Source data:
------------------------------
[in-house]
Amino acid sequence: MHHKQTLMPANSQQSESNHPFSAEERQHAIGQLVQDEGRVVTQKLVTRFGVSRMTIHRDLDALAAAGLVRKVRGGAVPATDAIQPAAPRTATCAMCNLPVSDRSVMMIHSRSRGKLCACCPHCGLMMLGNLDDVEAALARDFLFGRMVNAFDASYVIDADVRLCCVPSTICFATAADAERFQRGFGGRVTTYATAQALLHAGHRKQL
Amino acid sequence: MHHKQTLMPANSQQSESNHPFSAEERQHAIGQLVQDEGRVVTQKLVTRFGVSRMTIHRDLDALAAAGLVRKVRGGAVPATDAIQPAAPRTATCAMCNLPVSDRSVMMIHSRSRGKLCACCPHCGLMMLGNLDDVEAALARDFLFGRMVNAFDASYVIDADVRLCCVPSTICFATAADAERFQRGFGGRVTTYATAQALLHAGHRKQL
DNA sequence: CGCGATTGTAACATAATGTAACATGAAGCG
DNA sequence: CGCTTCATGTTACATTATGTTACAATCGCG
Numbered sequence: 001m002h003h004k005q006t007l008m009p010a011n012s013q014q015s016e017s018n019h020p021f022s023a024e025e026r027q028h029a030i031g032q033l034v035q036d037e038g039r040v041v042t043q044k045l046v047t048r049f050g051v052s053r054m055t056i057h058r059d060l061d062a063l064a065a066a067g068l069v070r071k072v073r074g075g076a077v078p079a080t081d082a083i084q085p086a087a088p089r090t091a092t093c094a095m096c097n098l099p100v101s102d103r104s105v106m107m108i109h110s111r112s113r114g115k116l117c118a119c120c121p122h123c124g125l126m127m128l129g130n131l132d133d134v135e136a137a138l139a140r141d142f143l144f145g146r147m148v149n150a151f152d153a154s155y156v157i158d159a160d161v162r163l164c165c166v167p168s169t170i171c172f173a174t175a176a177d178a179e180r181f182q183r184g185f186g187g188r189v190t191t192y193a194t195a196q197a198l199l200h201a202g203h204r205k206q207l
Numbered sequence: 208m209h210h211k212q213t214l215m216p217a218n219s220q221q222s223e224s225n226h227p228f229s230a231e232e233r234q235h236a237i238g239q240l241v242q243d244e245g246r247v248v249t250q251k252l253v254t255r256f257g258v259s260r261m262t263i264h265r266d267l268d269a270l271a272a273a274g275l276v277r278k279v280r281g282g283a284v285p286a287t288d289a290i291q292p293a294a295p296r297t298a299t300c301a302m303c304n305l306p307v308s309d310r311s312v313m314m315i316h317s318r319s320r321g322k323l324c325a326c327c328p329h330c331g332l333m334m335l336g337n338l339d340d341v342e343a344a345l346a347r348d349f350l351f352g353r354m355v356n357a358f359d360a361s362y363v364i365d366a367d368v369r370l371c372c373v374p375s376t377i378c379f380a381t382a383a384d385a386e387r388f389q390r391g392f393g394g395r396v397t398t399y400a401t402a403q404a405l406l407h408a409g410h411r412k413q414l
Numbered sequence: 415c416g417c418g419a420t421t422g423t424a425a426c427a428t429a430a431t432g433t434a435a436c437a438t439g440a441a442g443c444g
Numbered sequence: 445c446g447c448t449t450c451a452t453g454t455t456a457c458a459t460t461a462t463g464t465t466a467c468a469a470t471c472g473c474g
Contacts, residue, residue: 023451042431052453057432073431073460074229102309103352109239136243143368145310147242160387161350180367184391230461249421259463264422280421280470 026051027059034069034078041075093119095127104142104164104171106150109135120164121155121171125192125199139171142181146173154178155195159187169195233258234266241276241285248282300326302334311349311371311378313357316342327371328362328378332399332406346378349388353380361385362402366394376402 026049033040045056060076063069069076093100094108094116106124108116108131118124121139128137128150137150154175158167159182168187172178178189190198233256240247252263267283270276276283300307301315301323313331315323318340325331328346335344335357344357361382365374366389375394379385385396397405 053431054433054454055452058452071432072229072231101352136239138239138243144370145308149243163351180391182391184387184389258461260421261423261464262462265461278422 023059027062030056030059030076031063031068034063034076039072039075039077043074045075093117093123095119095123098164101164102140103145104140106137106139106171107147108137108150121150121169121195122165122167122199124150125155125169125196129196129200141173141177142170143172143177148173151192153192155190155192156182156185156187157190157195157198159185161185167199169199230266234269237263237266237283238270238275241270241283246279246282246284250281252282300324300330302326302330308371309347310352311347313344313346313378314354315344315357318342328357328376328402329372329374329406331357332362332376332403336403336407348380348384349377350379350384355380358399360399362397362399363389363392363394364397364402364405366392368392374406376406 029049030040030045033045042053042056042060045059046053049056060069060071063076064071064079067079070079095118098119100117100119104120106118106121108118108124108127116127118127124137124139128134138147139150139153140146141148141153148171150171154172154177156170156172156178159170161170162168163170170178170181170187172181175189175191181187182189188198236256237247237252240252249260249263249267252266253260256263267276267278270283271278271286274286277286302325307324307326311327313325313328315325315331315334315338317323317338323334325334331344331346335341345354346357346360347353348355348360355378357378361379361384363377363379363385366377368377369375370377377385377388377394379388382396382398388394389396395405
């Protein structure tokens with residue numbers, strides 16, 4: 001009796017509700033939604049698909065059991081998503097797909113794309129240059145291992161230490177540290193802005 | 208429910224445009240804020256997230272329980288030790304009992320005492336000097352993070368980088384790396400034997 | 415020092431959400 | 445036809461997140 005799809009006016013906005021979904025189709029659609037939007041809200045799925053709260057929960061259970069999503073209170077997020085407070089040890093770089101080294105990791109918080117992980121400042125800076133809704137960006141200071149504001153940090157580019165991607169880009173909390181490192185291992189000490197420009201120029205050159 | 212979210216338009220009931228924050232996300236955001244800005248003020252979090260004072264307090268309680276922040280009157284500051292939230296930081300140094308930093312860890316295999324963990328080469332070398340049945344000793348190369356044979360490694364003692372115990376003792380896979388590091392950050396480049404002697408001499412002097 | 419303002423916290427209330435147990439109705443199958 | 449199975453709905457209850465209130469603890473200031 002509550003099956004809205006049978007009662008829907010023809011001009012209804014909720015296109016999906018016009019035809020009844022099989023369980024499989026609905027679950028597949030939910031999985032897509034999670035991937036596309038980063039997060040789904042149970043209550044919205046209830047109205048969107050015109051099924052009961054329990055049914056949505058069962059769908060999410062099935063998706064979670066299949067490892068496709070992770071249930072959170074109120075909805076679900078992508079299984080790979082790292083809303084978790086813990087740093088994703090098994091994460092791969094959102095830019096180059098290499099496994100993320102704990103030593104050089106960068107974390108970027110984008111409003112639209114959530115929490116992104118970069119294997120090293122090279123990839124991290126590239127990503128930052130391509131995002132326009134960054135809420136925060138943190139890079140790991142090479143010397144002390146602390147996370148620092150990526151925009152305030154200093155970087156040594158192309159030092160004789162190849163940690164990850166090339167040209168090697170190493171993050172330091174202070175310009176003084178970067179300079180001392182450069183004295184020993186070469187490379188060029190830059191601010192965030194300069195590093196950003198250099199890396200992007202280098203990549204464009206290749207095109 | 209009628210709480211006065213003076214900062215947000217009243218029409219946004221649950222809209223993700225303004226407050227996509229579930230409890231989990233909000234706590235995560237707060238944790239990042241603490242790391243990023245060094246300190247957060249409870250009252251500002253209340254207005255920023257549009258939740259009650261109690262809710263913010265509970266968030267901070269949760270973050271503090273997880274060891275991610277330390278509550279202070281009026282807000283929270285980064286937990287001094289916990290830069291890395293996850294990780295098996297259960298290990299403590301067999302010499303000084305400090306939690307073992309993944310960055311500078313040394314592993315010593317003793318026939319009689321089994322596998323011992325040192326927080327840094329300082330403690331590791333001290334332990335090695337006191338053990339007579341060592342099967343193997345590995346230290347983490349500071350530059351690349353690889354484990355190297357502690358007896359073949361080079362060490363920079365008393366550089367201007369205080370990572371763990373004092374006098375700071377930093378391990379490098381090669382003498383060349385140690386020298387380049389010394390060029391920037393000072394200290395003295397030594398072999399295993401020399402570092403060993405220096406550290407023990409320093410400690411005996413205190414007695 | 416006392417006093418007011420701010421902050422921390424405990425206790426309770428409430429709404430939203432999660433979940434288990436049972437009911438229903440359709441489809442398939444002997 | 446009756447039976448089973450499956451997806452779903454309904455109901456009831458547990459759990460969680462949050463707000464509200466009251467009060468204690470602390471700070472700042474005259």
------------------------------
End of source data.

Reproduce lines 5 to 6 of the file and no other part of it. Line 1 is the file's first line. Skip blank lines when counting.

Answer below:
DNA sequence: CGCTTCATGTTACATTATGTTACAATCGCG
Numbered sequence: 001m002h003h004k005q006t007l008m009p010a011n012s013q014q015s016e017s018n019h020p021f022s023a024e025e026r027q028h029a030i031g032q033l034v035q036d037e038g039r040v041v042t043q044k045l046v047t048r049f050g051v052s053r054m055t056i057h058r059d060l061d062a063l064a065a066a067g068l069v070r071k072v073r074g075g076a077v078p079a080t081d082a083i084q085p086a087a088p089r090t091a092t093c094a095m096c097n098l099p100v101s102d103r104s105v106m107m108i109h110s111r112s113r114g115k116l117c118a119c120c121p122h123c124g125l126m127m128l129g130n131l132d133d134v135e136a137a138l139a140r141d142f143l144f145g146r147m148v149n150a151f152d153a154s155y156v157i158d159a160d161v162r163l164c165c166v167p168s169t170i171c172f173a174t175a176a177d178a179e180r181f182q183r184g185f186g187g188r189v190t191t192y193a194t195a196q197a198l199l200h201a202g203h204r205k206q207l